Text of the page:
Main storage 17 has sufficient storage locations to store all values which are necessary for computing the fare and additional values which must be retained even after individual trips and which are used to compute further values such as the total number of kilometers that the taxi has travelled during a day, the total amount of extra charges, etc. The constant furnishing means which include the addend furnishing means of the present invention allow the taxi meter to be adjusted to whatever fare rate is in effect. It comprises storage locations for storing the values which are necessary for computing the fare under particular fare rates. This constant furnishing means may be a punched card or may be a printed circuit board. Various other embodiments are possible. In any case the constant furnishing means 16 of the taxi meter include the addend furnishing means, that is enough storage positions are provided in constant furnishing means 16 so that the addend S corresponding to each fare rate may be stored therein. Thus if case I is to be considered, at fare rate 1 the addend stored in a particular storage location will have the value 2, for fare rate 2, the addend will have the value of 3, for fare rate 3, the addend will have the value of 5. However, for case II, the constant furnishing means will furnish an addend having a value of 7 for fare rate 1, of 8 for fare rate 2 and 10 for fare rate 3. Storage locations in main storage means 17 will be used to store the unit values of the numbers listed in column B of Tables 1 and 2.
Let it now be assumed that the taxi meter is set for fare rate 1. The time and distance pulses are furnished by generators 1 and 4 to input register 11. Address registers 18 and 19 are controlled by control pulses from control circuit 10 in such a manner that the individual storage locations in the main storage 17 as well as the storage locations in intermediate storage 19 and the corresponding storage locations in the addend furnishing means 16 are addressed in sequence. If that storage location is addressed in main storage 17 which is assigned to the reduction of the distance pulses furnished by unit 1, in other words, which is assigned to function as reduction stage 2 of FIG. 1, then the values stored therein which correspond to the unit values of of column B in Table I, will be transferred to one part of adder 14. Simultaneously the corresponding storage location in the constant furnishing means 16 will be addressed. Thus the addend which is required for fare rate 1 and the distance pulse reduction will be transferred to the second portion of adder 14. If no carry pulse results from the addition of these two values adder 14 then the sum signal created in adder 14 is merely transferred back to the same storage location in storage 17. However, if a carry results, this is stored in carry storage 15 and from there is transferred to the selection circuit 3 by control circuit 10. The reduction of the number of pulses furnished by the unit 4 is carried out in a similar manner. Here too main storage 17 contains one or more storage locations to constitute part of the reduction storage 5 of FIG. 1. Again the storage locations serve to store the unit values of the figures given in column B of Tables I and II. The addend furnishing means constituting part of the read only memory 16 also have corresponding locations for storing the corresponding addend. Thus again adder 14 will receive a number corresponding to the unit value of the previously created sum signal from main storage 17 and an addend value corresponding to the correct addend for reducing the timing pulses at the correct fare rate from addend furnishing means 16. Carry signals created in adder 14 are stored in carry storage 15. The signals in carry storage 15 are of course supplied to a selection circuit 3 which selects from the two pulse sequences that pulse sequence having the highest repetition rate. The so-selected pulse sequence is again applied to input register 11 and from there, within one cycle of the operation of the taxi meter, is stored in main storage 17. At this storage location of storage 17 the value remains stored until such time as 100 pulses have been received. At this point storage 17 furnishes a pulse to advance the fare counter and indicator.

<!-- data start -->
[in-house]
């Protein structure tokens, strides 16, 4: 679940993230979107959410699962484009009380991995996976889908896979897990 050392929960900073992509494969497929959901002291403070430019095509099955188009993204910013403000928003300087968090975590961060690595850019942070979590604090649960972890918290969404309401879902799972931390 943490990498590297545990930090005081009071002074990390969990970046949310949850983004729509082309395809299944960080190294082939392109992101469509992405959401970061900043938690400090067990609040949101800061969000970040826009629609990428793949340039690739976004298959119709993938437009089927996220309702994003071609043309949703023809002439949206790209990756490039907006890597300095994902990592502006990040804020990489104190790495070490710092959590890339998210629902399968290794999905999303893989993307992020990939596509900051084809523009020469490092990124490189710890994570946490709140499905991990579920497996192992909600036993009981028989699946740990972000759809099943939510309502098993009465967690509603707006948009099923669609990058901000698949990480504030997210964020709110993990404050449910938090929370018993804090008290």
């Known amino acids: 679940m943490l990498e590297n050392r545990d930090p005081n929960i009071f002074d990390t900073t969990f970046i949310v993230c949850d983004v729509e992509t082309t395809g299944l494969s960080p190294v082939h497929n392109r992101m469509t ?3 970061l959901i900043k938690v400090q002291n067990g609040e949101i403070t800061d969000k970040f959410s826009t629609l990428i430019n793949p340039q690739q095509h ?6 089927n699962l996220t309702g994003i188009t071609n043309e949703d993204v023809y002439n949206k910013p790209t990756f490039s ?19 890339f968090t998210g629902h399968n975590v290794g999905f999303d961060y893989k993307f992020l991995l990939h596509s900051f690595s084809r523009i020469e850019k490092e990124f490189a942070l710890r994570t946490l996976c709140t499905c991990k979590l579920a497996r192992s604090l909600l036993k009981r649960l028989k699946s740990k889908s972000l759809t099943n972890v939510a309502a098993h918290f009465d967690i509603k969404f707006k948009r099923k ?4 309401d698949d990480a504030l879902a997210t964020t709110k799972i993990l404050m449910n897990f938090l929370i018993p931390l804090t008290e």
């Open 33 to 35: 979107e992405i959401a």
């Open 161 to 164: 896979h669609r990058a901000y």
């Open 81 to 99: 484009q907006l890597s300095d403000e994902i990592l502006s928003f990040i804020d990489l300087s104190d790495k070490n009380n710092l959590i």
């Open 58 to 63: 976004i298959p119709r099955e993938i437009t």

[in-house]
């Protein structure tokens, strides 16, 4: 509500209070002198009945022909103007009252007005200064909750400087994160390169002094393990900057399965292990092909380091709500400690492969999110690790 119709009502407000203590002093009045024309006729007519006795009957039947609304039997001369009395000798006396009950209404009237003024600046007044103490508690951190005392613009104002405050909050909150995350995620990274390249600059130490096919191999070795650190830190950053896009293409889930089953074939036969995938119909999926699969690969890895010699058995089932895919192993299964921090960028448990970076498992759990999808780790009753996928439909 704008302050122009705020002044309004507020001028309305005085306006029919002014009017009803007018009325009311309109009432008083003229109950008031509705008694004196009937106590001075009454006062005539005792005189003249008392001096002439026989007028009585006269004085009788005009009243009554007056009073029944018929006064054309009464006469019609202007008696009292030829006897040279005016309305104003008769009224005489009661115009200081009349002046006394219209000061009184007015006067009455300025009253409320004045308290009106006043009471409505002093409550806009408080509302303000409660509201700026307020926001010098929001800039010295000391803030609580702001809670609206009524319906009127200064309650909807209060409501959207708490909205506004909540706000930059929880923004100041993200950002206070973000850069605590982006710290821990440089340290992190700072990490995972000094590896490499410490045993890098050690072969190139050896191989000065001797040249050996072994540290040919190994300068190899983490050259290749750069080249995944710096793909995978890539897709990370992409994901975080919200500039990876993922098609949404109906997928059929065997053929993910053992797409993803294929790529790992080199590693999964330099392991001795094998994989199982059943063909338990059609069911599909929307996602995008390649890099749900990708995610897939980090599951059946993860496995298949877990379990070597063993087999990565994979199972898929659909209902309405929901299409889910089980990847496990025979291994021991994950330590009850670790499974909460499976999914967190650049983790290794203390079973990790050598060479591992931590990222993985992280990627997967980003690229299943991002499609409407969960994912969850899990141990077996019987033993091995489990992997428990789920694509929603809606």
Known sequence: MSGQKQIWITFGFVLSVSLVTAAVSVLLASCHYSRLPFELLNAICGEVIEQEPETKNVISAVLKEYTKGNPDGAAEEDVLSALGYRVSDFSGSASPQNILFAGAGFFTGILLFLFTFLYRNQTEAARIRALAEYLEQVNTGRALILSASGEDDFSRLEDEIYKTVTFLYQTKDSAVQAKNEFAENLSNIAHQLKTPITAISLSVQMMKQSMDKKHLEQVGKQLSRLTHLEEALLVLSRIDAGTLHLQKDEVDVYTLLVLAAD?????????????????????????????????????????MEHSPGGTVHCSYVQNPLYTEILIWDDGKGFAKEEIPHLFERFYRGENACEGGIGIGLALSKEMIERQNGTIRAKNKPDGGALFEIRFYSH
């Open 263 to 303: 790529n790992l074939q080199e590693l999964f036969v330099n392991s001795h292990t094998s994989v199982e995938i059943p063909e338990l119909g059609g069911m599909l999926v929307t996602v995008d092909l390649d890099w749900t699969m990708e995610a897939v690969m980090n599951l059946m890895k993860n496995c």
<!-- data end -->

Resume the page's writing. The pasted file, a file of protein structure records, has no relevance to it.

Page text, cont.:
The above description of FIG. 2 has been given to show how the present invention can be incorporated into a known taxi meter. Details of the operation of the taxi meter may be found in the above-identified patent application. They do not constitute part of the present invention.
While the invention has been illustrated and described as embodied in pulse reduction stages, it is not intended to be limited to the details shown, since various modifications and circuit changes may be made without departing in any way from the spirit of the present invention.
Without further analysis, the foregoing will so fully reveal the gist of the present invention that others can by applying current knowledge readily adapt it for various applications without omitting features that, from the standpoint of prior art, fairly constitute essential characteristics of the generic or specific aspects of this invention.
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|U.S. Classification||705/417, 235/30.00R, 235/45|
|International Classification||G01C22/00, G07B13/00, H03K5/00|
|Cooperative Classification||G06Q30/0284, G07B13/00|
|European Classification||G06Q30/0284, G07B13/00|